"Although this arrangement served us well at one time," Ham says "our growing publication requirements were outrunning the capacity of our word processors, and were increasing the time-consuming and costly steps of production and typesetting. At the same time, the aily workload of our secretaries had reached the breaking point. They were being given stacks of reports to type, even though their time was fully allocated. We needed a way to streamline our production of documents at all levels."

After an assessment of the available office automation systems, Ham and Dolby President Bill Jasper selected the 8000 network in October 1981, primarily because it supported the 8010 workstation and the 8044 laser printer.

"Taken together, the workstation and the printer were in a class apart," says Ham. "No other hardware we looked at could produce typeset-quality documents that integrated both extensive text and sophisticated graphics. Moreover, the network enabled our users of CP/M and MS-DOS-based microcomputers to transmit files to any workstation, or to a file server accessible by any station on the network."

By June 1982, all the network's components were in place, including the 8010 systems. Among the busiest users of the workstations are electrical engineers, who use the system to write the documentation for their designs and to create reports for checkpoint meetings. Circuit designers and draftsmen also use the 8010 to interactively create schematic diagrams and technical drawings. These graphics are transmitted via the network's cable to the laser printer, which can print them on 8-1/2 by 11-inch sheets at a rate of 12 pages per minute, or produce them as transparencies for presentations. Typefaces Changed Quickly

Ham himself uses an 8010 professional workstation for virtually all in-house system documentation. After keying in the text, he can use the machine's "mouse" to move a pointer to any spot on the screen in order to mark portions of text that need to be changed to boldface, italicized, or printed in a distinctive typeface or size.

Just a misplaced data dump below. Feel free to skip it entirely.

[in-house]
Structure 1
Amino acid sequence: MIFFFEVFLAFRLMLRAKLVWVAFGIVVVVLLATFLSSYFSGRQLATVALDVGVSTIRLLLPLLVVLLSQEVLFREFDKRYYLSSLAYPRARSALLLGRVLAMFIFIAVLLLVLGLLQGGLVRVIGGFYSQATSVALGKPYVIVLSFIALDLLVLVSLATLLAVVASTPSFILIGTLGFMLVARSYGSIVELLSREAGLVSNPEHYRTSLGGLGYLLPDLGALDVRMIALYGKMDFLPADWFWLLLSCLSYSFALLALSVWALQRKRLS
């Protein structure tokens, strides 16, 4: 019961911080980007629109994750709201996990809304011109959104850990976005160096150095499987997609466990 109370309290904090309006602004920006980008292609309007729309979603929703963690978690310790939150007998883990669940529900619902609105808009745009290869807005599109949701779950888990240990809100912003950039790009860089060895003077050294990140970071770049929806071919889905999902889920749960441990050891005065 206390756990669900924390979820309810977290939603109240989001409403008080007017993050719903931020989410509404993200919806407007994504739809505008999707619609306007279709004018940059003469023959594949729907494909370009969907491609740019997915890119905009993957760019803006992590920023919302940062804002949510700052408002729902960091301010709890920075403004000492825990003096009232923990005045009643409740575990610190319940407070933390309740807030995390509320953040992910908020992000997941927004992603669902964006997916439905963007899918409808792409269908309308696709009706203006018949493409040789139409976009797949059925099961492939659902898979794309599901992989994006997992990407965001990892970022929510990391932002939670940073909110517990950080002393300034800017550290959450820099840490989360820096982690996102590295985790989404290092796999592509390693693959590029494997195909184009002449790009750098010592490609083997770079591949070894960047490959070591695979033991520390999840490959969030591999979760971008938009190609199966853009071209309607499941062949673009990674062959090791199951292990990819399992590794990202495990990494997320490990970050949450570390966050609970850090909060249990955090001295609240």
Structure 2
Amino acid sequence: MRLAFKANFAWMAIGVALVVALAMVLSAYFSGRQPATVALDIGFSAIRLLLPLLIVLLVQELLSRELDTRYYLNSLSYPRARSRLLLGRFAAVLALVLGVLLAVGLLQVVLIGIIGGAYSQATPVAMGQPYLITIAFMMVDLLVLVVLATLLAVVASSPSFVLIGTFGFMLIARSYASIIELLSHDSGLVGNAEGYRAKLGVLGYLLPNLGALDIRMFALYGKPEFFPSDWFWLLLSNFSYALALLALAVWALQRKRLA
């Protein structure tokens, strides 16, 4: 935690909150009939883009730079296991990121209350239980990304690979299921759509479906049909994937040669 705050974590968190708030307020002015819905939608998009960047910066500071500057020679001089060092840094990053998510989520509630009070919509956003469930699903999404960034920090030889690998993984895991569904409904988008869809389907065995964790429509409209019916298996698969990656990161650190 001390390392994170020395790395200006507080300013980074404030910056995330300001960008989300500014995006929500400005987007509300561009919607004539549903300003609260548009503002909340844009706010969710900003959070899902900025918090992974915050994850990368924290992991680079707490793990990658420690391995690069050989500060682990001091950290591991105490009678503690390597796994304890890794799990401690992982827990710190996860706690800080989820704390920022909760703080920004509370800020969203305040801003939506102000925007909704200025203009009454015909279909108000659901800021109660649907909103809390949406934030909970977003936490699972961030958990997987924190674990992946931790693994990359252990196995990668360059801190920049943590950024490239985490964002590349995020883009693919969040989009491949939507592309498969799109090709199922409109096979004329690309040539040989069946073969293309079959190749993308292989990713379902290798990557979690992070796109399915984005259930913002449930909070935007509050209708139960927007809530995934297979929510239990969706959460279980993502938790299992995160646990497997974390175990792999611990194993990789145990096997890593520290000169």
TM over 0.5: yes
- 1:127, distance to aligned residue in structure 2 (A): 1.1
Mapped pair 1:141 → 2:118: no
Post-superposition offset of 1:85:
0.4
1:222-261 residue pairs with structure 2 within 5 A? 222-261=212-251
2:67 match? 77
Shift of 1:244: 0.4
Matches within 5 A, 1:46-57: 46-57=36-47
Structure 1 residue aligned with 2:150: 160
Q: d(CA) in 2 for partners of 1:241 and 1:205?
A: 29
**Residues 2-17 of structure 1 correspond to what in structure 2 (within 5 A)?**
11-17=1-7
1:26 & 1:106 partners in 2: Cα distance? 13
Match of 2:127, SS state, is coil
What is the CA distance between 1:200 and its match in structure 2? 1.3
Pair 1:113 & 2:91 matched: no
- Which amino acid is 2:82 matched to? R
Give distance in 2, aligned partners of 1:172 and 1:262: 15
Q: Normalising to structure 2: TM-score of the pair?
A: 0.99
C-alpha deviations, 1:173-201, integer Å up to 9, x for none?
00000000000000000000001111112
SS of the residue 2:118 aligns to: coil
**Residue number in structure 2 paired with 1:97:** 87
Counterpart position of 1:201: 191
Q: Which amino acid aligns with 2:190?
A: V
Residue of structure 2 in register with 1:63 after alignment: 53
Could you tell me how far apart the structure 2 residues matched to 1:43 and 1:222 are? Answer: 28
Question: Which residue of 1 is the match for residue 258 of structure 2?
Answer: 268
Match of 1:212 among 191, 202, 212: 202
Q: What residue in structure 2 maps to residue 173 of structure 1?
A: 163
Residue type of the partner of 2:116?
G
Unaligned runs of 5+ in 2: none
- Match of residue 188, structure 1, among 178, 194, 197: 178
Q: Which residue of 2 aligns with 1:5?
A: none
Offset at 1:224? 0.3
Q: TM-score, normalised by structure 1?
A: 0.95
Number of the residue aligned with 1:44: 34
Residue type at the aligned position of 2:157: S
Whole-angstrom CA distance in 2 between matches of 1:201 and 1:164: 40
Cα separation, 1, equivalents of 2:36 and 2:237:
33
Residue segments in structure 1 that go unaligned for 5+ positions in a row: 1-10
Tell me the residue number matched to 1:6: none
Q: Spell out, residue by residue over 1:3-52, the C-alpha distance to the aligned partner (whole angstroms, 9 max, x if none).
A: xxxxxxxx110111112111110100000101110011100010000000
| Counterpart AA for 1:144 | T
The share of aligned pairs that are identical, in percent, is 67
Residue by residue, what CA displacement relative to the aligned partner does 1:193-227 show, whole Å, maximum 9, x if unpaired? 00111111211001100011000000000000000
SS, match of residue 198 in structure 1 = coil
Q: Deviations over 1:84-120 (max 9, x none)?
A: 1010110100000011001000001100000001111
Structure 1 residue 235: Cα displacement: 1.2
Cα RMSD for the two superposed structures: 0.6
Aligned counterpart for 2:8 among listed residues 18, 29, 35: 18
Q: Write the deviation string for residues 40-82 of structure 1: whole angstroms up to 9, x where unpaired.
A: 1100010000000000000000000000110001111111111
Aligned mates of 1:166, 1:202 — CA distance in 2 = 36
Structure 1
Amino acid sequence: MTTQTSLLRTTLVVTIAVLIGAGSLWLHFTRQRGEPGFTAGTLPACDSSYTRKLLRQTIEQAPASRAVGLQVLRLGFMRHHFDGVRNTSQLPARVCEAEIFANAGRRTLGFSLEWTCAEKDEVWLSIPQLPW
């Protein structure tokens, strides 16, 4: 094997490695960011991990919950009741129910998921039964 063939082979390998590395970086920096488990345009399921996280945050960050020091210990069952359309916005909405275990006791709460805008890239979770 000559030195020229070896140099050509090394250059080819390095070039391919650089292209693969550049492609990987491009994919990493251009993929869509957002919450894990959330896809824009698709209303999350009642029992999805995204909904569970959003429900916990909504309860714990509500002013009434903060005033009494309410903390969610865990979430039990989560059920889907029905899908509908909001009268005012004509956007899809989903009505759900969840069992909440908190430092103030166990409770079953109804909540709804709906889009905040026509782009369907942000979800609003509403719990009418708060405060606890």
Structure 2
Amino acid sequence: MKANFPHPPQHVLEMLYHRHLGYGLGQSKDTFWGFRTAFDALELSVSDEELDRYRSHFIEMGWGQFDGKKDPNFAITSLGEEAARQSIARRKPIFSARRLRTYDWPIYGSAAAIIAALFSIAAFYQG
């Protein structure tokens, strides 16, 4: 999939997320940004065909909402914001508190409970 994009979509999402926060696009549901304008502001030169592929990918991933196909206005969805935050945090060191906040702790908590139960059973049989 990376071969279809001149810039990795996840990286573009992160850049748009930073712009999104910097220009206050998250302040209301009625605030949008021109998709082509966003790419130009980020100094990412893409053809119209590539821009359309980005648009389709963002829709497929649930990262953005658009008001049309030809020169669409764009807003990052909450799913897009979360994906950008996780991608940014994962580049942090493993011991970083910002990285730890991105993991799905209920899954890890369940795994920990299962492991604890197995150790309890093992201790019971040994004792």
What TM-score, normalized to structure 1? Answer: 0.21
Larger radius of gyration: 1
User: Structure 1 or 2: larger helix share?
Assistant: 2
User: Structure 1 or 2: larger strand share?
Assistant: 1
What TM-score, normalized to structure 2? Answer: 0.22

To select a formatting or type-style option, Ham simply moves the pointer into an "icon" at the right edge of the screen and presses a button on the mouse. The icons are either boxes with brief descriptions or simplified pictorial representations of the unit's various functions. With few exceptions, the text as it appears on the screen is identical to that on the page produced by the laser printer.

Once the text has been formatted and its type styles created, Ham can use the appropriate screen icon and one of the 8010's function keys to file the text in the system's 10-megabyte disk storage or to transmit it to the file server or to the printer.

Ham points out that simple graphics can be developed on the workstation, and stored or printed in much the same manner. A draftsman, for example, can create a schematic diagram by using the pointer to select from a number of graphic options--including solid, dotted or dashed lines of various widths, or pre-dawn graphics such as arrowheads or rectangles. The pre-dawn graphics can be moved about the screen, enlarged, or scaled down. If an illustration is to be combined with text, the system will automatically rearrnage the text to make room for it. Users Gained Self-Sufficiency

"With the capabilities provided by the 8010," says Ham, "users are more self-sufficient than ever before. In all but a few cases, it's now possible to produce a polished document without the aid of a secretary, a graphic artist, a production person or a typesetter. And whenever a document does require the attention of another person, it's simple to transfer it to that person on the network."

As for the future, Ham says, "The network system in our headquarters will allow for the growth that should come as we survey our applications and find new ways to more-effectively communicate electronically."
COPYRIGHT 1984 Nelson Publishing
No portion of this article can be reproduced without the express written permission from the copyright holder.
Copyright 1984 Gale, Cengage Learning. All rights reserved.

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Publication:Communications News
Date:Jul 1, 1984
Words:1266